She grew up watching Cinderella. It was the first movie she ever saw in a theater, a musical she performs often on road trips, one she's watched far beyond an acceptable age to do so, one she can't wait to show her daughter, someday. She still hums that song every once in a while, she'll catch herself: in dreams you will lose your heartache, whatever you wish for you keep...
She'd imagined, once upon a time, that being a grown-up was something like this; hoping secretly that adulthood looked like whirlwind romance, twirling through meadows, and breaking into song at every turn. Certainly, she grew out of this dream in it's fullness. She accepted that she would likely not be rescued from a tower or dressed by squirrels in a forest every morning and the like. Those were realities she could handle. But like any little girl who's grown up might admit to you in a moment of vulnerable truth-telling, one doesn't fully let go of wanting to be Cinderella. The dream changes over time, of course. But well into adulthood, in my experience, a little bit of your heart still believes that it's possible, one day, to feel like Cinderella again.
She is a full-on grown up now, with a job and bills and a retirement account and a dentist she found all on her own. She walks through a mall, mindlessly, on an evening with potential for loneliness. She is thinking it would be nice to have something new, pretty. And with full awareness that there are life necessities like rent and car insurance to be paid, she steps cautiously into her favorite store, which on a good day she can neither a) afford or b) resist. She saunters back to the sale room, nonchalantly touching dresses on the way, trying not to get attached. She peruses candles, aprons, pillows, and a smattering of accessories thrown haphazardly into a tub, when something shiny catches her eye.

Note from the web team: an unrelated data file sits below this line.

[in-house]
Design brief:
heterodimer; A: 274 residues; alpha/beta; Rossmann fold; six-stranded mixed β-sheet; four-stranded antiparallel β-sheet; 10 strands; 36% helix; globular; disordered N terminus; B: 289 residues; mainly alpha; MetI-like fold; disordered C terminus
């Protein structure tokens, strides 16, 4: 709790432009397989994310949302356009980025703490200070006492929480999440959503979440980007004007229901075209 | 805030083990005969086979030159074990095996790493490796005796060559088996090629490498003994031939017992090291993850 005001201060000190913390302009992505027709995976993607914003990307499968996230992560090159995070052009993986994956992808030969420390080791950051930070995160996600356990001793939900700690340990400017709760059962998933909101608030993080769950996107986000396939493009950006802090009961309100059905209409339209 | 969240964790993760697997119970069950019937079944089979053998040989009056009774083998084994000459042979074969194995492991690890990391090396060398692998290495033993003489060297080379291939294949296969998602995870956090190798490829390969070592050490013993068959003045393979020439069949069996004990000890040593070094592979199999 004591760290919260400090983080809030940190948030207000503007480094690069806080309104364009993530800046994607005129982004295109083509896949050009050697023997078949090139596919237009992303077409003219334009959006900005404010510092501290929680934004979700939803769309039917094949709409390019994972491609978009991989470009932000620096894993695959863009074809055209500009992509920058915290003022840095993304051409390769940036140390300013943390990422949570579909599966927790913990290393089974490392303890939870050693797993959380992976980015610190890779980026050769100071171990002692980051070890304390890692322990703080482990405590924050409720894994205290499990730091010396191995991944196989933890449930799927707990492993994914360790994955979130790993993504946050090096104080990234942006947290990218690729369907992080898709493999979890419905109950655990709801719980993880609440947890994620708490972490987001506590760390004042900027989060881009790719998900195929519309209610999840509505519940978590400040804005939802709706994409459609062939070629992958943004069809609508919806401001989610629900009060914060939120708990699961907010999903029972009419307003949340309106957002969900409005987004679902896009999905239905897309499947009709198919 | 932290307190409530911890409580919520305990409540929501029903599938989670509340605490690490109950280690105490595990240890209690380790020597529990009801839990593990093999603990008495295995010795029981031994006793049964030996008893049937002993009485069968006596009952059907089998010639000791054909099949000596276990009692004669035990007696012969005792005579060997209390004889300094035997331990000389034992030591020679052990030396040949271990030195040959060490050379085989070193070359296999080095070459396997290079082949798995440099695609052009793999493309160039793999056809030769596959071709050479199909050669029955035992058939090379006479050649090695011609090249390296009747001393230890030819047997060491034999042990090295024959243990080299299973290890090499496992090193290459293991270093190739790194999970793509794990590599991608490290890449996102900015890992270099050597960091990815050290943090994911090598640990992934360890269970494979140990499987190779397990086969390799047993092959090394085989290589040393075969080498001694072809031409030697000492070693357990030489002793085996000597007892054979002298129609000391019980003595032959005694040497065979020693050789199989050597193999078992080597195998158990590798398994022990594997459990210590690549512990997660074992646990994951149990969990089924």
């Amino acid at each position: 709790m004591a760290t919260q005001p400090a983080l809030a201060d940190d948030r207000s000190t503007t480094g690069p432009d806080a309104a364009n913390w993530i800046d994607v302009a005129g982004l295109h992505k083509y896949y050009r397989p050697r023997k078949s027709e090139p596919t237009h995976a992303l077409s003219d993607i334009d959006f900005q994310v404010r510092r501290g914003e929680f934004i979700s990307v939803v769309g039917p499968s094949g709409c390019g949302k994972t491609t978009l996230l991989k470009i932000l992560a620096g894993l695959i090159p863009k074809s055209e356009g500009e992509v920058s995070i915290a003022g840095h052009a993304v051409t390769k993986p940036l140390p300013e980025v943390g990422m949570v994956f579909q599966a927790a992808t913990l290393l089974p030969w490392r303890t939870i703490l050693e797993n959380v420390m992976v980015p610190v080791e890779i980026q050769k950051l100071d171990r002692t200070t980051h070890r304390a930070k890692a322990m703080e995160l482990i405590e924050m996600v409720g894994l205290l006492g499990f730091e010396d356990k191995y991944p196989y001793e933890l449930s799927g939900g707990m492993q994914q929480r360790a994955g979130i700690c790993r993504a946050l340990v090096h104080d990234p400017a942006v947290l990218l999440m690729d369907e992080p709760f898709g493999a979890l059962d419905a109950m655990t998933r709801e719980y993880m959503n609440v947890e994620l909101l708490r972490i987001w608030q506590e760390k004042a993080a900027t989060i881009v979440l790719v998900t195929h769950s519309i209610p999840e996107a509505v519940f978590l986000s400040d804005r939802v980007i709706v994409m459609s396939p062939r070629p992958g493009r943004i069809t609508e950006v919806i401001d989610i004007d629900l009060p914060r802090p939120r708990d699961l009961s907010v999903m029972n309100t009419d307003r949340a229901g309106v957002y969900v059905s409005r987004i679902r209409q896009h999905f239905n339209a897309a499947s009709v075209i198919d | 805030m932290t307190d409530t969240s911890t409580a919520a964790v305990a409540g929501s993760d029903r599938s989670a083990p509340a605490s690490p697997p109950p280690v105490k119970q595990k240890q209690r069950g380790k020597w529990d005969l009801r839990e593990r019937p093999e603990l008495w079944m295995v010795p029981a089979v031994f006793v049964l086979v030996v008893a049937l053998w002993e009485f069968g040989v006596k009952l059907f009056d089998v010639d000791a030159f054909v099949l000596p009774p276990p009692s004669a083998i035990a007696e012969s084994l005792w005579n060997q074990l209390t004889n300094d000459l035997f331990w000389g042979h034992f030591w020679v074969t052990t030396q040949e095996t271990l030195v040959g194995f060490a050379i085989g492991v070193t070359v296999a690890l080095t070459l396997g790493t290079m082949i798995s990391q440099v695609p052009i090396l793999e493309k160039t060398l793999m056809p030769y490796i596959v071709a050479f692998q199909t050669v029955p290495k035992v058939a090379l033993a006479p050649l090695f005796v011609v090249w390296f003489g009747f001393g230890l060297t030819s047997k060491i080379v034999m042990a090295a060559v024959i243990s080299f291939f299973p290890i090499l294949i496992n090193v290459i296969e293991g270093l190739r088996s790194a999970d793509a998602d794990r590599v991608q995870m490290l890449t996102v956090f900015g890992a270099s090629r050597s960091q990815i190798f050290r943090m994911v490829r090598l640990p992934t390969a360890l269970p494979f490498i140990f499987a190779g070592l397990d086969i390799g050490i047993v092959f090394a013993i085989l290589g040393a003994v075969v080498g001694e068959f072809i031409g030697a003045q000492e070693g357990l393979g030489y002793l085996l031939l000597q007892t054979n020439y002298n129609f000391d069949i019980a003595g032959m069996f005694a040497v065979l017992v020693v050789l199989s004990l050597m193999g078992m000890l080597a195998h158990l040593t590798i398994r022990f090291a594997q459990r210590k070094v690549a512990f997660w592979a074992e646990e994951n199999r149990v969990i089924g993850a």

It is perfection, in a shoe. Unique, delicate, flashy, and stylish - with a sensible heel. One pair left.
Cautiously she reaches for them, they appear to be an appropriate size, she is certain she could not be so lucky. Sliding one on to her foot, her breath catches as her heel slides perfectly into the back of the shoe.
Suddenly she is overcome with a feeling that transports her back to a time much simpler than this one; she is running out the front door, tripping a little as she kicks off a patent-leather shoe for a particularly participatory uncle to retrieve. He chases her down the driveway, she slows theatrically, just a little short of breath because her favorite part comes next. He stops in front of her and places the shoe over a ruffled sock on her tiny foot. As always, a perfect fit. She felt special. Pursued. Fancy. Loved. Happy.
It's not that she doesn't know it's a bit silly - this stupid pair of shoes tucked back in a sale room for half of half the price in exactly her size and style - for this to be an impactful moment in her life. It seemed she had forgotten for a moment - but on a lonely Wednesday evening in a sale room, all at once, she is special, pursued, fancy, loved, happy as she ever was. A little girl, grown up - a whole world of possibilities ahead of her - and a sparkly pair of shoes to wear as she faces whatever comes next.